10 June 2014

Miz Maya and the Lesson of the Butterfly

Maya Angelou was laid to rest this past weekend.  I’ve always thought of her as Miz Maya.  To use just her first name seems too informal, almost disrespectful, so I’ve always thought of her with the ‘Miz’ before her name.  I don’t recall my age when I first came across her lovely words, but I know it was the famous memoir of her difficult childhood, I Know Why the Caged Bird Sings.  Before I’d even read the book, I was entranced by the title.  Here was a secret, and she was going to share it with me – with me.  This title, from a poem by Paul Laurence Dunbar, resonates with most young people, really, feeling boxed in by society and parents and siblings.  As has been said a hundred times over, it’s the powerful story of a poor black girl growing up in the American South in the 1930s.  By the time I’d found I Know Why the Caged Bird Sings, I’d already read Mildred D. Taylor’s Roll of Thunder, Hear My Cry.  I loved that book, so I figured I’d try Miz Maya’s.

Since Miz Maya’s death last week, the section in I Know Why the Caged Bird Sings where she recounts the horrific tale of her mother’s boyfriend sexually attacking her has been referred to many times.  His subsequent arrest and release and murder, presumably by some of her family members, led to her decision to stop speaking for many years.  Even as a child, she understood the weight of words.  Words can harm and destroy, but as she learned later for herself and so eloquently demonstrated for all of us, words have also the capacity to raise us up, to comfort, and to heal.

Miz Maya’s legacy to us is that we are changeable creatures in charge of blazing our own paths.  We don’t have to accept any label, whether slapped on by society or by our own thought processes.  Just because we are labeled as X does not make us incapable of becoming Y.  If you read the long list of occupations that Miz Maya held, you’ll see that we are only bound by what we dare to dream:  dancer, prostitute, activist, mother, journalist, writer, university professor, Poet Laureate of the United States.  She is proof that we can change and alter our destinies in ways that we might have been unable to envision for ourselves.  Although I haven’t yet read it, I have always loved the title of another of her books, Wouldn’t Take Nothing For My Journey Now.  In spite of the problems we encounter in our lives, isn’t it true that we’d prefer our own troubles to taking on someone else’s?  This acceptance of who we are is the very foundation upon which our happiness is built.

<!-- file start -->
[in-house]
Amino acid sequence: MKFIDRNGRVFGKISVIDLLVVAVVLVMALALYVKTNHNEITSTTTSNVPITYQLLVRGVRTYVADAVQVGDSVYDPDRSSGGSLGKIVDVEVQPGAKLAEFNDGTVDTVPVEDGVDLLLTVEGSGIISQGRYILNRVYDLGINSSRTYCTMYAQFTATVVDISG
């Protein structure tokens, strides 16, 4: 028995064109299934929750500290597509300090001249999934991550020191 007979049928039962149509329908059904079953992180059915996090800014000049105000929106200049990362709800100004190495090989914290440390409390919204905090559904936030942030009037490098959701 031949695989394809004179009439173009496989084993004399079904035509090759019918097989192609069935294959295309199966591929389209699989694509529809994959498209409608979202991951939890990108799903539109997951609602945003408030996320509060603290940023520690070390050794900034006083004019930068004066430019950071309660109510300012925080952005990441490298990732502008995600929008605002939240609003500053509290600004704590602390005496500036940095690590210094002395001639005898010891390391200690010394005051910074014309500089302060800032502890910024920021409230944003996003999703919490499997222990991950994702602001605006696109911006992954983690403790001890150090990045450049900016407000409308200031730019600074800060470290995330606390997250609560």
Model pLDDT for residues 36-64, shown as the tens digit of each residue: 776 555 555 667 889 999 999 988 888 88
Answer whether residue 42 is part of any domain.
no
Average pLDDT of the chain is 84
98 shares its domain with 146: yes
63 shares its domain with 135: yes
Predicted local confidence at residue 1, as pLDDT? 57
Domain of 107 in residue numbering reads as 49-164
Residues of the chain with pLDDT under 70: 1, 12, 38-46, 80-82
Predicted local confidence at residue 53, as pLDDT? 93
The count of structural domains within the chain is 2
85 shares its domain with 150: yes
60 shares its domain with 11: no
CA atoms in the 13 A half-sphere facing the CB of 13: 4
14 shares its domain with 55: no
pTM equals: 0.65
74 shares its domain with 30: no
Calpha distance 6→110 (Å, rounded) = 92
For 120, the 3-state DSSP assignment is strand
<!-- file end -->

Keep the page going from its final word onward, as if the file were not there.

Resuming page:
I don’t think I’d ever heard Miz Maya’s voice until I watched her recite “On the Pulse of Morning” at Bill Clinton’s presidential inauguration.  If you have never heard her voice, treat yourself to her rich timbre, her beautiful phrasing.  The poem carries such a lovely sentiment of unity and of hope.  It would be Miz Maya that I would choose, if from all the famous people in the world, I could sit and have coffee and talk with one of them.  In spite of her larger-than-life stature, she was firmly grounded.  Here are some of my favorite of her sayings:

I did then what I knew how to do. Now that I know better, I do better.

I've learned that no matter what happens, or how bad it seems today, life does go on, and it will be better tomorrow. I've learned that you can tell a lot about a person by the way he/she handles these three things: a rainy day, lost luggage, and tangled Christmas tree lights. I've learned that regardless of your relationship with your parents, you'll miss them when they're gone from your life. I've learned that making a "living" is not the same thing as making a "life." I've learned that life sometimes gives you a second chance. I've learned that you shouldn't go through life with a catcher's mitt on both hands; you need to be able to throw something back. I've learned that whenever I decide something with an open heart, I usually make the right decision. I've learned that even when I have pains, I don't have to be one. I've learned that every day you should reach out and touch someone. People love a warm hug, or just a friendly pat on the back. I've learned that I still have a lot to learn. I've learned that people will forget what you said, people will forget what you did, but people will never forget how you made them feel.

We delight in the beauty of the butterfly, but rarely admit the changes it has gone through to achieve that beauty.

Rest in peace, Miz Maya.  The world is a better place, thanks to your presence.

No comments:

Post a Comment